- “Card check is dead … long live card check” [Hyman]
- “Canada: Deported Russian spy sues for readmittance” [four years ago on Overlawyered] A role model for some in the spy ring recently deported from the U.S.?
- “Bullying Busybody for Senate: How Connecticut’s attorney general beat Craigslist into submission” [Sullum, Harper] Blumenthal’s Senate campaign sputtering despite huge advantages [Jack Fowler, NRO] Lloyd Grove interview with challenger Linda McMahon [Daily Beast]
- “How Much Does Defensive Medicine Cost? One Study Says $46 Billion” [WSJ Health Blog, NY Times] Plus: a cardiologist’s comment;
- “Man sues over parking ticket, says it disclosed too much info” [Obscure Store, suburban Chicago Daily Herald]
- New allegations emerge in much-discussed “rape by deception” case in Israel [FrumForum, earlier, an academic comments]
- A Connecticut village turns down money from Hartford and tackles a historic preservation project on its own [me at Cato]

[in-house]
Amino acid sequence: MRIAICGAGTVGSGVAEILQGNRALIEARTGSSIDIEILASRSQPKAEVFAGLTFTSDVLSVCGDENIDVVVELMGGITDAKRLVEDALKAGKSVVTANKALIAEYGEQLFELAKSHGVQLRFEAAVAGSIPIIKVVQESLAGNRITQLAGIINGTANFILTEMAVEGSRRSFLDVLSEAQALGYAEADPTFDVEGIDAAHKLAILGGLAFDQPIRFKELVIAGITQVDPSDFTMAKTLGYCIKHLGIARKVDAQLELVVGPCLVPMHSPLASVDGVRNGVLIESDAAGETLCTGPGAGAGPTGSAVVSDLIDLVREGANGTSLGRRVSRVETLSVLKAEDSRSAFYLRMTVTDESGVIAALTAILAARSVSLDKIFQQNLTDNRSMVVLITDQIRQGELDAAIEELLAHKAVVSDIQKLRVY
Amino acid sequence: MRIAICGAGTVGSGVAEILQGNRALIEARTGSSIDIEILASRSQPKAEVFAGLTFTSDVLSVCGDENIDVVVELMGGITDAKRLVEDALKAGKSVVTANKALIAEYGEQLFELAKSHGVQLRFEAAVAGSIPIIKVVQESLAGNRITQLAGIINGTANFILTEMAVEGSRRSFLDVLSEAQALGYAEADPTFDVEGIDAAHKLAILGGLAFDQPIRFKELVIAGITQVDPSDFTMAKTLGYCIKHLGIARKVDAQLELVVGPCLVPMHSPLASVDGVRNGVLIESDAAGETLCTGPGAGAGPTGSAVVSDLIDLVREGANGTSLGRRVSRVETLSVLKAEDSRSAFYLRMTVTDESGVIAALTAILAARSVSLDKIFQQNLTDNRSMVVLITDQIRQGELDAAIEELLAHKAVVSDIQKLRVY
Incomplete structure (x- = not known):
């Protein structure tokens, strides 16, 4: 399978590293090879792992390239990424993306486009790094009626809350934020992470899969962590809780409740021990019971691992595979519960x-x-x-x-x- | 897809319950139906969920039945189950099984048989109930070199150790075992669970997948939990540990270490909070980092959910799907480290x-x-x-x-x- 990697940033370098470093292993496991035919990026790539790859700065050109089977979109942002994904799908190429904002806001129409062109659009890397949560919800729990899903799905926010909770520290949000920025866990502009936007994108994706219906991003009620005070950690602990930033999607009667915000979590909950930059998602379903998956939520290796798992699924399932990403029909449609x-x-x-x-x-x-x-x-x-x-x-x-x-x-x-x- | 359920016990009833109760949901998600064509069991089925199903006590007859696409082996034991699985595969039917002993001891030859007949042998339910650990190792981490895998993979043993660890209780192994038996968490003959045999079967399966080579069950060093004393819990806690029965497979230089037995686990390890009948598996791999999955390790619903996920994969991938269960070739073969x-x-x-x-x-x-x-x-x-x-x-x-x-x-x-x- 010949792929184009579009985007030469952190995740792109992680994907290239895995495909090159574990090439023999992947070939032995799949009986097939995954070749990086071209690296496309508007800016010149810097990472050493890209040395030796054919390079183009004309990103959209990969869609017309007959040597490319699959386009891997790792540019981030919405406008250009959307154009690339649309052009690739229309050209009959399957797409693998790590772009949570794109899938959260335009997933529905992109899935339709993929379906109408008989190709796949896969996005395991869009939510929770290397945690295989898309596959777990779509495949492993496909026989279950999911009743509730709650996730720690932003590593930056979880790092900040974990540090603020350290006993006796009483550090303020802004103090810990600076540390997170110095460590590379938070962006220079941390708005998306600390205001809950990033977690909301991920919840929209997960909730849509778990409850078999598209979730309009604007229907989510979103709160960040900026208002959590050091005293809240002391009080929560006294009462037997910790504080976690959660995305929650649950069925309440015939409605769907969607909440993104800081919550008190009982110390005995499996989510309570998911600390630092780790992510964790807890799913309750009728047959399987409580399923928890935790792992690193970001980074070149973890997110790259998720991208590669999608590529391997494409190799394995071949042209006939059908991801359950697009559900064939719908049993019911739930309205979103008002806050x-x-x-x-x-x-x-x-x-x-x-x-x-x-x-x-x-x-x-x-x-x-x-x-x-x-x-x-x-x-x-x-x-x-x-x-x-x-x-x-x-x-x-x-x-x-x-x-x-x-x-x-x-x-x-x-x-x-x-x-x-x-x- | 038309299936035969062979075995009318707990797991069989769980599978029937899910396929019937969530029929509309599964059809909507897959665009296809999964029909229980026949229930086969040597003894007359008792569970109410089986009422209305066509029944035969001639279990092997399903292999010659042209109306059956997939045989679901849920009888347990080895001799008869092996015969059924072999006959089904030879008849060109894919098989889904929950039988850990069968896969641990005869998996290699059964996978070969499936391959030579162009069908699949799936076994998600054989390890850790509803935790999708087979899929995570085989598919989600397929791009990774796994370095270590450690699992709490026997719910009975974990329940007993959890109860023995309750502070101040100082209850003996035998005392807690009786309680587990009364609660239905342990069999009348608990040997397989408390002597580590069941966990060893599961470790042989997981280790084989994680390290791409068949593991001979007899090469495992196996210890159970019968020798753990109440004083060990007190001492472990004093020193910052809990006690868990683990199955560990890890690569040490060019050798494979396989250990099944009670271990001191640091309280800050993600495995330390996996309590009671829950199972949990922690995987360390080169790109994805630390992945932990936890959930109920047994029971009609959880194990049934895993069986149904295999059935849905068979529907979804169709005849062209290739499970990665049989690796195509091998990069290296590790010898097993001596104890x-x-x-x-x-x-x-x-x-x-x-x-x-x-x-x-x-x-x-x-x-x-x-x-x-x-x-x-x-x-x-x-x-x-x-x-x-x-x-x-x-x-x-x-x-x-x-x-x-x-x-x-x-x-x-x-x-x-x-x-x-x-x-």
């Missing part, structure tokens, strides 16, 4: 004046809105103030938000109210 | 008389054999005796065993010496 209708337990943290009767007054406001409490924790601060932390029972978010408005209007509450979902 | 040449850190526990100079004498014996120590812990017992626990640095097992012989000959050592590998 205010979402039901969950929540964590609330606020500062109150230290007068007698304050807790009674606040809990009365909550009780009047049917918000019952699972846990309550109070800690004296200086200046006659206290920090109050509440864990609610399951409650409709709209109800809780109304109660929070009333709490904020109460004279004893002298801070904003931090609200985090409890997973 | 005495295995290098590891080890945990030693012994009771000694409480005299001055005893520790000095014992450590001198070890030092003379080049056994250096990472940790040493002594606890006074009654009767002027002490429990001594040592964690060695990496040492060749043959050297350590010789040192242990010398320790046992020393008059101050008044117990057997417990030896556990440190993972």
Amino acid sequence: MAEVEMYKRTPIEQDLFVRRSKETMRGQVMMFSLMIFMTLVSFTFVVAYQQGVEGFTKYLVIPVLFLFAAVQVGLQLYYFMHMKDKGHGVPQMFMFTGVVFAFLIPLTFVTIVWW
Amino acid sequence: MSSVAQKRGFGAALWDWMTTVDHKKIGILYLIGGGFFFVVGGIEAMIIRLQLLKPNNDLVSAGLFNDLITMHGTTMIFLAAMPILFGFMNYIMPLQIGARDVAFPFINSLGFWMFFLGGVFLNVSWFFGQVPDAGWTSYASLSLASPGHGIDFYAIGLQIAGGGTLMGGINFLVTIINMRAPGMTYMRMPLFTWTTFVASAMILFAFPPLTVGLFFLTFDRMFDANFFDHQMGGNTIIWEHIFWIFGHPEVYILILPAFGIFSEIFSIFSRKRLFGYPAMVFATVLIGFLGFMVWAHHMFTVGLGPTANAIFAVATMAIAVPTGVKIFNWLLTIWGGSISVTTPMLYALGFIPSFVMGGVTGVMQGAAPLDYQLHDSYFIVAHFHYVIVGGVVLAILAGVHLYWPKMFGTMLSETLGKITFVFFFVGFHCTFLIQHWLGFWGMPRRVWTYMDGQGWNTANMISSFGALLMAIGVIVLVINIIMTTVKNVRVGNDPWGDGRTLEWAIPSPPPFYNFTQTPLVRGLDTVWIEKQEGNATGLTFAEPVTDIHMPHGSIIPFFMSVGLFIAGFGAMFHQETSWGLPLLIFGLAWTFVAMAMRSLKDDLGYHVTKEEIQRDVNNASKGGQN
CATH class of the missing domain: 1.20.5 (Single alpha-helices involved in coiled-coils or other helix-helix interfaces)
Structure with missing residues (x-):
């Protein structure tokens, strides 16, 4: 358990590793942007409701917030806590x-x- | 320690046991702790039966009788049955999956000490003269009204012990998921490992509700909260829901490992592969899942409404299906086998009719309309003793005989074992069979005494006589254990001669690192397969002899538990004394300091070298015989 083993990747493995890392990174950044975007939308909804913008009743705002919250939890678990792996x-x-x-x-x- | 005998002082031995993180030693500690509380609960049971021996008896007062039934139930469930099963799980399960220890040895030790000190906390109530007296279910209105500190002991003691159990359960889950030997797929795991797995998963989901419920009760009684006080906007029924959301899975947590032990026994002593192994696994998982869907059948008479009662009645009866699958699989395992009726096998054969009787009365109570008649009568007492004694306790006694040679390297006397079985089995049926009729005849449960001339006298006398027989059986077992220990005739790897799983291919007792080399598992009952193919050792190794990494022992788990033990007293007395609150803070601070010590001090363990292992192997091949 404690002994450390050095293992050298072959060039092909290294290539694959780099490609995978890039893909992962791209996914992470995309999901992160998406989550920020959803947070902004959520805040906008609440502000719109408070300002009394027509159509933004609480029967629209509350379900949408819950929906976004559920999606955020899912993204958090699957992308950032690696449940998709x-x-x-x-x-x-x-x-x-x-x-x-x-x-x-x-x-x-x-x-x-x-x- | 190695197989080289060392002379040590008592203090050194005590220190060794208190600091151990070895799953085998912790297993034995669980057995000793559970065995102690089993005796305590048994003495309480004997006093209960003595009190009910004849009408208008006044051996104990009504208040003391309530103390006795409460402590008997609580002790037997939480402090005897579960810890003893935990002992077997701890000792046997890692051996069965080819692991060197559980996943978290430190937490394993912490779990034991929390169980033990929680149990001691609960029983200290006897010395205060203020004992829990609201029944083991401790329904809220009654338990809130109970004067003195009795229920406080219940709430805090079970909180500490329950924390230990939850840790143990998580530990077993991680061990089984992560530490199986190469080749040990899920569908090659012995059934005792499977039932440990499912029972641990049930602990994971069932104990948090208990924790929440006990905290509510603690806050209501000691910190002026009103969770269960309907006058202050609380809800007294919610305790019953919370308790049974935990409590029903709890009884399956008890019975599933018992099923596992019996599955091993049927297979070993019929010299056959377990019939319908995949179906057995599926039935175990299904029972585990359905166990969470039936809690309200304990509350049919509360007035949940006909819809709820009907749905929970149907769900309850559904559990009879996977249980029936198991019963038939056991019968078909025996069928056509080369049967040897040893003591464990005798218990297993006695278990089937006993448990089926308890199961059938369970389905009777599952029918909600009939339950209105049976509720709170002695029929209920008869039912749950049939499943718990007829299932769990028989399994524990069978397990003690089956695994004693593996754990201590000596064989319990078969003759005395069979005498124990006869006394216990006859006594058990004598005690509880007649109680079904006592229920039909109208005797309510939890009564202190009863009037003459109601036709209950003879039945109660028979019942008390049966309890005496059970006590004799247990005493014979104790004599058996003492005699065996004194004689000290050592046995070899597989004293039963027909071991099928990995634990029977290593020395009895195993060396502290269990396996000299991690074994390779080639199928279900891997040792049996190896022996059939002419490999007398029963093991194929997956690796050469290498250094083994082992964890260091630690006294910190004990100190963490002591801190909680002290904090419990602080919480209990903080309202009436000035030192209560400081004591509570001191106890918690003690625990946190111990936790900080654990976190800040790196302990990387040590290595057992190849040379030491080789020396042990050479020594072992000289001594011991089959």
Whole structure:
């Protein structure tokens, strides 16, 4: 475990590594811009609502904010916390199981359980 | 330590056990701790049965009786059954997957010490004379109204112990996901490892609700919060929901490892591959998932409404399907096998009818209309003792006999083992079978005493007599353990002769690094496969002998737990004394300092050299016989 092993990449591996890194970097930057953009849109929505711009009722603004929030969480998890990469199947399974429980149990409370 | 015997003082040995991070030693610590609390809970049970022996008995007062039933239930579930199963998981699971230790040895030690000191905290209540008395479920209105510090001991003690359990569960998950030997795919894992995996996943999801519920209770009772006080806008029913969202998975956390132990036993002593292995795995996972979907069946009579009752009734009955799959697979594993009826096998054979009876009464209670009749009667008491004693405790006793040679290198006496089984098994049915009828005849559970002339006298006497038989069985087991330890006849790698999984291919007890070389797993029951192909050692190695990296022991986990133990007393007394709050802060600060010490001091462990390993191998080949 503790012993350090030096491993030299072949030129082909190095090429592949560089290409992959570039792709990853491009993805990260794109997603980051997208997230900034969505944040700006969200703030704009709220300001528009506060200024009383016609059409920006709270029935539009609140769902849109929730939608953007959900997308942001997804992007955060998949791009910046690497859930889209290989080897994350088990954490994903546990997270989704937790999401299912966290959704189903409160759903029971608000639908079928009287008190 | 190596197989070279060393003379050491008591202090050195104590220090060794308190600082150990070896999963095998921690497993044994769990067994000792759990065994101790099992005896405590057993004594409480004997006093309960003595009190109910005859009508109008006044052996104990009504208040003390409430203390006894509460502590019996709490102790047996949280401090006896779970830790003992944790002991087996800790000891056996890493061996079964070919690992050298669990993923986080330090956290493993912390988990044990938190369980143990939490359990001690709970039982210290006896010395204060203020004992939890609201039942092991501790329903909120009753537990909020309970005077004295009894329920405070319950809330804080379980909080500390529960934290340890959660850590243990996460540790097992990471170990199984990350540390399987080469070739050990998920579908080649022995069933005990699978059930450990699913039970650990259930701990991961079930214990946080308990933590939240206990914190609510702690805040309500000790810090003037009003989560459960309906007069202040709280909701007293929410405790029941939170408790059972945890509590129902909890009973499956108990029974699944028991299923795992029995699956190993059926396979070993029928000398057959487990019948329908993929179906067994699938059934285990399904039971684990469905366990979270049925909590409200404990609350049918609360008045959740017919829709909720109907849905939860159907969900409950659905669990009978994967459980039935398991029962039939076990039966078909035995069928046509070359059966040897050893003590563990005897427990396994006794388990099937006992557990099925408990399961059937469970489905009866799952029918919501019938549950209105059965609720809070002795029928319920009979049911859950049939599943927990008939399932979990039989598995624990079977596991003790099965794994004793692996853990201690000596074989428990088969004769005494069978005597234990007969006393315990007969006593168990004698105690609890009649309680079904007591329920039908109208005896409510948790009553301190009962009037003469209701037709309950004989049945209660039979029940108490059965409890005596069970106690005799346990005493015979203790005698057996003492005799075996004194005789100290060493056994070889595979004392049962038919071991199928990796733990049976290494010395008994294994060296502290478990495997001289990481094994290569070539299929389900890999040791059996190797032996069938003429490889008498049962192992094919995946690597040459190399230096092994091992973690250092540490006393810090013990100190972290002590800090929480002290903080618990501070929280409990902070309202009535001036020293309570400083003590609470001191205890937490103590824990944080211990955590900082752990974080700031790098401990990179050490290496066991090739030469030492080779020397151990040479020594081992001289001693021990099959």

- NY Governor signs bill giving housekeepers, nannies new powers to sue employers for overtime, vacations [Workplace Prof] Plus: Hans in comments wonders whether the duty to avoid “hostile environment” harassment will collide with the right of free speech on sexual matters taken for granted (heretofore, at least) in a home environment.
- “Lawyers sue Facebook for letting kids like advertisements” [Gryphon, PoL]
- Per his foes, Gilded Age NYC trial lawyer William Howe used onion-scented handkerchief to summon tears at command [five years ago at Overlawyered]
Few of our readers will be surprised at the new survey published in the Archives of Internal Medicine, but since some in the litigation lobby seem to go on denying the reality of defensive medicine problem year in and year out, it’s probably useful to keep piling on the evidence. [AP/WaPo]
- Supreme Court limits scope of “honest services fraud” law [Mauro/NLJ, Ilya Shapiro and Tim Lynch, Cato, Bainbridge and more]
- No, defensive medicine isn’t a myth, ask your emergency room doc [AP/Columbus Dispatch] Eagerness to share horror stories [Sharon Begley, Newsweek] “Unusual for a Democrat, Obama readily acknowledges that defensive medicine is a problem.” [AP/WaPo] “VBAC rates are low, but are obstetricians to blame?” [Lin and Tuteur at KevinMD, Replogle/Fair Warning]